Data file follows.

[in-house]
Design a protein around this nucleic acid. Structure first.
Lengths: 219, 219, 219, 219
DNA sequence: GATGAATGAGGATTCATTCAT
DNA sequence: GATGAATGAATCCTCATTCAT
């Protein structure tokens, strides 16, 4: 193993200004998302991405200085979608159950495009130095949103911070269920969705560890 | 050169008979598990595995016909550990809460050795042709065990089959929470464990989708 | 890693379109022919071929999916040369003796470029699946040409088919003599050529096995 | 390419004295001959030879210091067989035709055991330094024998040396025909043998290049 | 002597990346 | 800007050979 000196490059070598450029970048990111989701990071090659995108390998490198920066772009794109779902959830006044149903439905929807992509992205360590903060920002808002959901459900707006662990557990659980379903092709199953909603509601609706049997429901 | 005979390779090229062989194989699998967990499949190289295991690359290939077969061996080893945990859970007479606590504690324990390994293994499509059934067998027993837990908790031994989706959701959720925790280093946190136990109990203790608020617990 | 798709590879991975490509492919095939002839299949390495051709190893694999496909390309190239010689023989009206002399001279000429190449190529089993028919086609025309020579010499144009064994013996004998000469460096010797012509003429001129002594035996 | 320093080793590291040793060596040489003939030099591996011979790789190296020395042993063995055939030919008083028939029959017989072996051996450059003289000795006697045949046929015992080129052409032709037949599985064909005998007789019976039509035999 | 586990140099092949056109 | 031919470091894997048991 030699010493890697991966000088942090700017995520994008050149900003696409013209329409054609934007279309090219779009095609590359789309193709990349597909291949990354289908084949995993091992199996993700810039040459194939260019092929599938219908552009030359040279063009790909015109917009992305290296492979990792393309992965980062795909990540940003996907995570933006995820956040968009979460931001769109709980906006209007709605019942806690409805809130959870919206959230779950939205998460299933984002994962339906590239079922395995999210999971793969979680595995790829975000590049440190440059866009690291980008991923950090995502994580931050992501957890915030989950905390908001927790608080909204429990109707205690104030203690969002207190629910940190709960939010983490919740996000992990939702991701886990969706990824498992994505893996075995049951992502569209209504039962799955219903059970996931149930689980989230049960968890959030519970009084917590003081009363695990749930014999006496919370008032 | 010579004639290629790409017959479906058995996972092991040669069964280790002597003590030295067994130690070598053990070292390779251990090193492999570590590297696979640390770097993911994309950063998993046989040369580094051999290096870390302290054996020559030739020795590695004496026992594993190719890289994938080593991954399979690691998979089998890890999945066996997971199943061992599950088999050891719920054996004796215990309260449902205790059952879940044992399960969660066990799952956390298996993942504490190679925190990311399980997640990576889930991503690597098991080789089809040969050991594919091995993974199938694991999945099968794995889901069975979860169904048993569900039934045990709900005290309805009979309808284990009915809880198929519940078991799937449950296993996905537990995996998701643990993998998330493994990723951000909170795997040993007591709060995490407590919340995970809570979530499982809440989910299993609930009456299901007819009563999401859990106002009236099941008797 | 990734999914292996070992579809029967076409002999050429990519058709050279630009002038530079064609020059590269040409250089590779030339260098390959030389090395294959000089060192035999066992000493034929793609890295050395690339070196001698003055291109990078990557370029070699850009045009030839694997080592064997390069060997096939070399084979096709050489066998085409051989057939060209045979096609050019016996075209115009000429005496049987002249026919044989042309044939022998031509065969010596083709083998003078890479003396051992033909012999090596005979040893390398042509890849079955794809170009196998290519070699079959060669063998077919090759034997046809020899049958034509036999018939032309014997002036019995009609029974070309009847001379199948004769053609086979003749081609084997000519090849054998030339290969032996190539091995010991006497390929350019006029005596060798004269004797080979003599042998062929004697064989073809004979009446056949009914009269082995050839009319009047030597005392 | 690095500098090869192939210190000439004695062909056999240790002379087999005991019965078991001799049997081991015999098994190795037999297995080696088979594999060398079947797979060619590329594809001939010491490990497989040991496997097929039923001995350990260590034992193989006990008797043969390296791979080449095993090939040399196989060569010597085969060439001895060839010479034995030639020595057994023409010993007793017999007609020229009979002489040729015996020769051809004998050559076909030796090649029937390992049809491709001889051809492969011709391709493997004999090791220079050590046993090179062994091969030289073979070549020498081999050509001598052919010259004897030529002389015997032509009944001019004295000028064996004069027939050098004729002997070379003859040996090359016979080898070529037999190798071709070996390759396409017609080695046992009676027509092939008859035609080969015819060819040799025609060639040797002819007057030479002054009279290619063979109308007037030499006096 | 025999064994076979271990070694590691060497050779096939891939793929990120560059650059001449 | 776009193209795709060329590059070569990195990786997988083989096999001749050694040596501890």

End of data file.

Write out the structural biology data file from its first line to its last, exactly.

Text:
[in-house]
Design a protein around this nucleic acid. Structure first.
Lengths: 219, 219, 219, 219
DNA sequence: GATGAATGAGGATTCATTCAT
DNA sequence: GATGAATGAATCCTCATTCAT
């Protein structure tokens, strides 16, 4: 193993200004998302991405200085979608159950495009130095949103911070269920969705560890 | 050169008979598990595995016909550990809460050795042709065990089959929470464990989708 | 890693379109022919071929999916040369003796470029699946040409088919003599050529096995 | 390419004295001959030879210091067989035709055991330094024998040396025909043998290049 | 002597990346 | 800007050979 000196490059070598450029970048990111989701990071090659995108390998490198920066772009794109779902959830006044149903439905929807992509992205360590903060920002808002959901459900707006662990557990659980379903092709199953909603509601609706049997429901 | 005979390779090229062989194989699998967990499949190289295991690359290939077969061996080893945990859970007479606590504690324990390994293994499509059934067998027993837990908790031994989706959701959720925790280093946190136990109990203790608020617990 | 798709590879991975490509492919095939002839299949390495051709190893694999496909390309190239010689023989009206002399001279000429190449190529089993028919086609025309020579010499144009064994013996004998000469460096010797012509003429001129002594035996 | 320093080793590291040793060596040489003939030099591996011979790789190296020395042993063995055939030919008083028939029959017989072996051996450059003289000795006697045949046929015992080129052409032709037949599985064909005998007789019976039509035999 | 586990140099092949056109 | 031919470091894997048991 030699010493890697991966000088942090700017995520994008050149900003696409013209329409054609934007279309090219779009095609590359789309193709990349597909291949990354289908084949995993091992199996993700810039040459194939260019092929599938219908552009030359040279063009790909015109917009992305290296492979990792393309992965980062795909990540940003996907995570933006995820956040968009979460931001769109709980906006209007709605019942806690409805809130959870919206959230779950939205998460299933984002994962339906590239079922395995999210999971793969979680595995790829975000590049440190440059866009690291980008991923950090995502994580931050992501957890915030989950905390908001927790608080909204429990109707205690104030203690969002207190629910940190709960939010983490919740996000992990939702991701886990969706990824498992994505893996075995049951992502569209209504039962799955219903059970996931149930689980989230049960968890959030519970009084917590003081009363695990749930014999006496919370008032 | 010579004639290629790409017959479906058995996972092991040669069964280790002597003590030295067994130690070598053990070292390779251990090193492999570590590297696979640390770097993911994309950063998993046989040369580094051999290096870390302290054996020559030739020795590695004496026992594993190719890289994938080593991954399979690691998979089998890890999945066996997971199943061992599950088999050891719920054996004796215990309260449902205790059952879940044992399960969660066990799952956390298996993942504490190679925190990311399980997640990576889930991503690597098991080789089809040969050991594919091995993974199938694991999945099968794995889901069975979860169904048993569900039934045990709900005290309805009979309808284990009915809880198929519940078991799937449950296993996905537990995996998701643990993998998330493994990723951000909170795997040993007591709060995490407590919340995970809570979530499982809440989910299993609930009456299901007819009563999401859990106002009236099941008797 | 990734999914292996070992579809029967076409002999050429990519058709050279630009002038530079064609020059590269040409250089590779030339260098390959030389090395294959000089060192035999066992000493034929793609890295050395690339070196001698003055291109990078990557370029070699850009045009030839694997080592064997390069060997096939070399084979096709050489066998085409051989057939060209045979096609050019016996075209115009000429005496049987002249026919044989042309044939022998031509065969010596083709083998003078890479003396051992033909012999090596005979040893390398042509890849079955794809170009196998290519070699079959060669063998077919090759034997046809020899049958034509036999018939032309014997002036019995009609029974070309009847001379199948004769053609086979003749081609084997000519090849054998030339290969032996190539091995010991006497390929350019006029005596060798004269004797080979003599042998062929004697064989073809004979009446056949009914009269082995050839009319009047030597005392 | 690095500098090869192939210190000439004695062909056999240790002379087999005991019965078991001799049997081991015999098994190795037999297995080696088979594999060398079947797979060619590329594809001939010491490990497989040991496997097929039923001995350990260590034992193989006990008797043969390296791979080449095993090939040399196989060569010597085969060439001895060839010479034995030639020595057994023409010993007793017999007609020229009979002489040729015996020769051809004998050559076909030796090649029937390992049809491709001889051809492969011709391709493997004999090791220079050590046993090179062994091969030289073979070549020498081999050509001598052919010259004897030529002389015997032509009944001019004295000028064996004069027939050098004729002997070379003859040996090359016979080898070529037999190798071709070996390759396409017609080695046992009676027509092939008859035609080969015819060819040799025609060639040797002819007057030479002054009279290619063979109308007037030499006096 | 025999064994076979271990070694590691060497050779096939891939793929990120560059650059001449 | 776009193209795709060329590059070569990195990786997988083989096999001749050694040596501890």